Q. I believe you were asked this a thousand times. You changed your racquet. What can you say about that? Stan said you got used to it; it was good for your confidence.

ROGER FEDERER: Yes, that racquet gives me more power and makes it easier. I have more margin because it’s a bigger racquet, and also on my backhand when I topspin it’s better, and when I slice or I put a lot of effect on the ball, sometimes the ball flies a little bit.

At the start I was a little bit surprised, but I saw that, in fact, it was very easy for me to change racquets after all those years. Now I’m very happy because I can play very well with it.

I believe it’s very simple to play with this racquet. With the older one, I needed to struggle with it every day. So I have no regrets.

 

Q. Jo Tsonga was top 5 two years ago. Now it’s more difficult for him. Do you believe there is a difference between the Jo you played last year and Jo you played in Monte Carlo recently?

ROGER FEDERER: I could have lost. It’s like here last year he played very well against me. He was extremely aggressive. He was very confident, and confidence is very important for all players.

But particularly for a player like Jo, because he likes to take risks. He likes to step into the court. Of course he had changes with his coaching, his management during the past years, and I understand this might have an impact.

But I really hope he will be able to do something great here. I hope I don’t have to play him. I don’t know if he’s on my side of the draw. But I hope it’s going to go well for me.

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Hubert Hurkacz Undergoes ‘Knee Procedure’ Ahead of Olympic Bid

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Poland’s top player on the ATP Tour is not giving up on his dream of winning a medal at the Olympic Games despite recently undergoing a medical procedure.

World No.7 Hubert Hurkacz suffered a knee injury during his second round clash at Wimbledon against France’s Arthur Fils. In the fourth set tiebreak of their clash, Hurkacz dived for a shot but landed badly on his knee and required on-court medical attention. He then played two more points before retiring from the match.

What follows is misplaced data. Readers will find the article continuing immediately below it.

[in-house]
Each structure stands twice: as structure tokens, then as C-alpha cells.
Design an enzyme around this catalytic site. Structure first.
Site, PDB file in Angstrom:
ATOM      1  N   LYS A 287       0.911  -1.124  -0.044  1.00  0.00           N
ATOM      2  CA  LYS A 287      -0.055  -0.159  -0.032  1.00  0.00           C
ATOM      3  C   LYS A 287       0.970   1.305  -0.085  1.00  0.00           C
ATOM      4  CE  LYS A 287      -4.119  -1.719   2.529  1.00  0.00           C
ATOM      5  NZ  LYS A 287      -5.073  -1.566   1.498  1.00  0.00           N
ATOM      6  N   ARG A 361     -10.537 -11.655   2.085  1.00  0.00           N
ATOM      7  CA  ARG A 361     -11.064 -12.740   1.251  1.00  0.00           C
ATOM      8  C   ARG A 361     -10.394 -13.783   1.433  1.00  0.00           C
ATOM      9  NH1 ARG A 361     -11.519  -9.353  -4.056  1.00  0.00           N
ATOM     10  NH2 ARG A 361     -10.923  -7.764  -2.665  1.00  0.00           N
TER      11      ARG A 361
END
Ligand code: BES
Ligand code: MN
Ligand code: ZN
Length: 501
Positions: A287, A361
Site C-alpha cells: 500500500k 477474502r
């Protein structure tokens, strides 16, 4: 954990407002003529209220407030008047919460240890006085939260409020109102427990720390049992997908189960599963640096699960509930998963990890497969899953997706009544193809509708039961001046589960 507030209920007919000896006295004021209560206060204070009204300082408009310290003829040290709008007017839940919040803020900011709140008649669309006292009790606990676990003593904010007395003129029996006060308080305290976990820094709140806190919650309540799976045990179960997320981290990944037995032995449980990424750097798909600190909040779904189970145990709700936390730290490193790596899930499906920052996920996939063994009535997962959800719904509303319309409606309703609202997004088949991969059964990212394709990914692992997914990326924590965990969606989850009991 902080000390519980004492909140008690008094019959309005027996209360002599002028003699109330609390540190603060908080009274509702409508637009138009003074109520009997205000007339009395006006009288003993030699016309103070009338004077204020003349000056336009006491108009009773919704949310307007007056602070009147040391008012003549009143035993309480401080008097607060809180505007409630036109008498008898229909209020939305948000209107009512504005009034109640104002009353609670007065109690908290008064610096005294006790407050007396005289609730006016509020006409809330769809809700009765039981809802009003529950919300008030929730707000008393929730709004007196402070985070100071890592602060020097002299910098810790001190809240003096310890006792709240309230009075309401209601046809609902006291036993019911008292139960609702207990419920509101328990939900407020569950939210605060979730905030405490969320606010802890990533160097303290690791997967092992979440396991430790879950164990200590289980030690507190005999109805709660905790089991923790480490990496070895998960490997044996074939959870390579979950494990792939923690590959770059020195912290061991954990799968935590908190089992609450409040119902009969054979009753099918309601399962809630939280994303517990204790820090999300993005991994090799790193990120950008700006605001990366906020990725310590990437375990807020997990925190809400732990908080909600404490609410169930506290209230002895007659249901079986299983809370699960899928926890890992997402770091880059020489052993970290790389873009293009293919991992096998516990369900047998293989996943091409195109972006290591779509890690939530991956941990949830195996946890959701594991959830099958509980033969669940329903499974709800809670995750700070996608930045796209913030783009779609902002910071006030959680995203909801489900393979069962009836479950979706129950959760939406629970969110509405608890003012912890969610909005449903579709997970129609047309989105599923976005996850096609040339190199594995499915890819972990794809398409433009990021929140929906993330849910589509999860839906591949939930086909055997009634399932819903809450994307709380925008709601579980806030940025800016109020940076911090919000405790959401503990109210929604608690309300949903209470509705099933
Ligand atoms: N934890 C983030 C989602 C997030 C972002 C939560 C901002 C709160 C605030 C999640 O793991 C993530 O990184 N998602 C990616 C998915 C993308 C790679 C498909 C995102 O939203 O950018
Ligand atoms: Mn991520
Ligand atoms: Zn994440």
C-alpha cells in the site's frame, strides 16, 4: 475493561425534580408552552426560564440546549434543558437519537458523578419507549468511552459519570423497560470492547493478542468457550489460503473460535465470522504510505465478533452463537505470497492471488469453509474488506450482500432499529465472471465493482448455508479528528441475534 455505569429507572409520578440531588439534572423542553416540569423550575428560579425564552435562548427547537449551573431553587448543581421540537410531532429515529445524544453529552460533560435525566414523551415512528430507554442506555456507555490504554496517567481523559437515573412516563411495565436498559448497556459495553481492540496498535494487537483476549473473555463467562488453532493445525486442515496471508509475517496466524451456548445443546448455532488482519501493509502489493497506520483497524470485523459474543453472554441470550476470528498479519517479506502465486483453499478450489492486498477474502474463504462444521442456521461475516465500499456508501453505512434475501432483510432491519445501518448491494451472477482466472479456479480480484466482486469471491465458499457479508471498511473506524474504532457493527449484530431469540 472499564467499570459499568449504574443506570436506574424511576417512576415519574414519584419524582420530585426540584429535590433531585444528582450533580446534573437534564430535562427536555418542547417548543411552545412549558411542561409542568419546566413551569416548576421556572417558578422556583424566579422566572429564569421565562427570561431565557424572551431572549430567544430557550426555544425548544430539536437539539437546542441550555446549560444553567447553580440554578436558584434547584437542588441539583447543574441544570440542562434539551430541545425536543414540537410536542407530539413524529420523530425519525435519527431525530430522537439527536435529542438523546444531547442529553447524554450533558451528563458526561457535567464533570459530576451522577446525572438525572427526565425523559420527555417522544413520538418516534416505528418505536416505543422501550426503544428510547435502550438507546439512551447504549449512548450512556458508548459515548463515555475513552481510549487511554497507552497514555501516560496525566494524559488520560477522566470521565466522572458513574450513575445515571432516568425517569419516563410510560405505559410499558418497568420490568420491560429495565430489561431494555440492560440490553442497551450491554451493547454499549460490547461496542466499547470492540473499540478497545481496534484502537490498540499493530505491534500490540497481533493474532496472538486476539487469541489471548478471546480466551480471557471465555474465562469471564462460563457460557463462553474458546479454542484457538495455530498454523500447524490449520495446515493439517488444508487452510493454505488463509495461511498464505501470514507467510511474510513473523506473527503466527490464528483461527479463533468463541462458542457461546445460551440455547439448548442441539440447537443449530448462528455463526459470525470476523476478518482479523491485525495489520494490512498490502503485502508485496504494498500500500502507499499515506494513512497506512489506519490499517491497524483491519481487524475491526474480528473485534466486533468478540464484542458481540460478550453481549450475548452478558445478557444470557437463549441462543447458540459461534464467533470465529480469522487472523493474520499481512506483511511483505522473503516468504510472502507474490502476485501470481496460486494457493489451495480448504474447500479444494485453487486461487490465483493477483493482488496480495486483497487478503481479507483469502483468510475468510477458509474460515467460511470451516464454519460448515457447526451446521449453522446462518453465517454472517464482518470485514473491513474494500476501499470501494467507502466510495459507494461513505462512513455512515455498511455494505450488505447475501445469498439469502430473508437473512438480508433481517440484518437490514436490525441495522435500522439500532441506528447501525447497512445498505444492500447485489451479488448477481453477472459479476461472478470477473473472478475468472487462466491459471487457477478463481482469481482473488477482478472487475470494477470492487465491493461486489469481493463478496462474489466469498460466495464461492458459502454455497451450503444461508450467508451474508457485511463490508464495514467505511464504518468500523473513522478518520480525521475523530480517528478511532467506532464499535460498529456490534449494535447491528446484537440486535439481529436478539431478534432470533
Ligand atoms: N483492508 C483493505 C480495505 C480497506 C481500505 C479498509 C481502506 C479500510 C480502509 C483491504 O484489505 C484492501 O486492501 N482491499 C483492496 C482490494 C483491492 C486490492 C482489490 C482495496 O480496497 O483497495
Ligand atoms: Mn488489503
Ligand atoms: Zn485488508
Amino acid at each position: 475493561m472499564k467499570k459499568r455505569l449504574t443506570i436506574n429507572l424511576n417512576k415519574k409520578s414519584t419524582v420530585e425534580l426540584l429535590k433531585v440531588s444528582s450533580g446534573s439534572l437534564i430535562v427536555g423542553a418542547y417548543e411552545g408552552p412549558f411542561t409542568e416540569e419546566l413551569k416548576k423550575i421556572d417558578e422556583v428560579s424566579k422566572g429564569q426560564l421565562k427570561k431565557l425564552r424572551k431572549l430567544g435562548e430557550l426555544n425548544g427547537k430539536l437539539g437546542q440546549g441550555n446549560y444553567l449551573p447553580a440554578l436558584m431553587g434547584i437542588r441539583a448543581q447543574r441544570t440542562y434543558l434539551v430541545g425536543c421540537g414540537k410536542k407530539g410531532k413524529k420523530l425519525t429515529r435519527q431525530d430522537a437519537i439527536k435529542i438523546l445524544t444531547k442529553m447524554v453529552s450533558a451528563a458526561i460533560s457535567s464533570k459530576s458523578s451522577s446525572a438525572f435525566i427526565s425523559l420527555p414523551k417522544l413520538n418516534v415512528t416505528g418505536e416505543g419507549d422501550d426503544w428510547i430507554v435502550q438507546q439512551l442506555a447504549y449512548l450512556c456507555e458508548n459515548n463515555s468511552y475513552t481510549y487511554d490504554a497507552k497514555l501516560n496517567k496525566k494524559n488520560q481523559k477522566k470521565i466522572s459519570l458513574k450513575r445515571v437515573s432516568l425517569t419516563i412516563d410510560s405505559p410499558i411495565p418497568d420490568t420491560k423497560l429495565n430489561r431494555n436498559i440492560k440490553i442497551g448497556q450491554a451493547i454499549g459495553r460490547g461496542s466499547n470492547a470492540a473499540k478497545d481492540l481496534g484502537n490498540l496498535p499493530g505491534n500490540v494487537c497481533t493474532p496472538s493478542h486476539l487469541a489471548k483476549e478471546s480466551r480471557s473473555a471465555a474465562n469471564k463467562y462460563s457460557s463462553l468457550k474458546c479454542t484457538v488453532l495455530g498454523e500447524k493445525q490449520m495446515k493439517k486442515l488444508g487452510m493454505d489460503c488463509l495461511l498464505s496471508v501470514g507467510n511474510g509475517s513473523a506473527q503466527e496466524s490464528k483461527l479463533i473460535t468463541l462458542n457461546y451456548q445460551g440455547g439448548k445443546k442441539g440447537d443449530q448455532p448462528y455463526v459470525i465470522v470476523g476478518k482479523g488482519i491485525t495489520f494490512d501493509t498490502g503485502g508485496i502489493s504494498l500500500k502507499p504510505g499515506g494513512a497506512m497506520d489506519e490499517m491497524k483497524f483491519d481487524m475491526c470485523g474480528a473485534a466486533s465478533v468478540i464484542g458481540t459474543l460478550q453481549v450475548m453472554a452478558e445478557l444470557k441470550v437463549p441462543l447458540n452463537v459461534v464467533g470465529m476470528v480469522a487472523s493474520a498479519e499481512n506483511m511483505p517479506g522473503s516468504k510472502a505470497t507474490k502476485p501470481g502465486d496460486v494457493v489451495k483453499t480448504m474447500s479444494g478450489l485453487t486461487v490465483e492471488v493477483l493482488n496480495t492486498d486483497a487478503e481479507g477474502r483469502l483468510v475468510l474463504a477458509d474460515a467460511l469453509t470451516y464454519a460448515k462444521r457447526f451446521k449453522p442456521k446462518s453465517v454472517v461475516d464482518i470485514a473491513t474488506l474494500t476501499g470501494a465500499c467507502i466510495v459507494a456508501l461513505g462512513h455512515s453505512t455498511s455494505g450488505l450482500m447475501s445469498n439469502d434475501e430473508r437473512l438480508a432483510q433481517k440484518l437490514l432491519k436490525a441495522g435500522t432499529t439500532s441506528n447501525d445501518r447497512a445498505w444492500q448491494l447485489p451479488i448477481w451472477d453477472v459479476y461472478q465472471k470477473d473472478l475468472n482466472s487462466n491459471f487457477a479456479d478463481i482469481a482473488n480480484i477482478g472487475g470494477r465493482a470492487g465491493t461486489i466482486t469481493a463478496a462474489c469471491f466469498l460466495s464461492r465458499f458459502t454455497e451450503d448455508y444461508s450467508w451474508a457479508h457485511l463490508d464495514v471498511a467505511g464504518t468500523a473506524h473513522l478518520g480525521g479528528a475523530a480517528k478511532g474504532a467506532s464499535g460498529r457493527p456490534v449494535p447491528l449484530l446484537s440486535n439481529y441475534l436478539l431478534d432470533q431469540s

In a social media post published on Wednesday, the  27-year-old confirmed he underwent a procedure on his knee earlier this week but didn’t provide any further details.  Although Hurkacz has stated his intention to play at the upcoming Olympic Games in Paris, where the tennis event will be held on the clay at Roland Garros. 

“I had a knee procedure this Monday, but I’m feeling better already and my team and are dedicating extensive time each day to the rehab process.” He wrote on Instagram. 

“It’s a dream for every athlete to represent their country at the Olympics, and I want to make sure I am fully fit and ready before making the final decision to step on court. The aim is not only to participate, but to win a medal for my country.”

So far this season Hurkacz has won 34 out of 48 matches played on the Tour. He won the Estoril Open in April and was runner-up to Jannik Sinner in Halle. 

The Olympic tennis event is scheduled to begin a week Saturday on July 27th. Poland is yet to win a medal in the event but expectations are high with women’s No.1 Iga Swiatek also taking part. 

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Motivation, Pressure And Expectations – Novak Djokovic Targets History At Wimbledon

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image via x.com/wimbledon

Novak Djokovic has broken numerous records throughout his career but he still feels the pressure of trying to make history in the sport.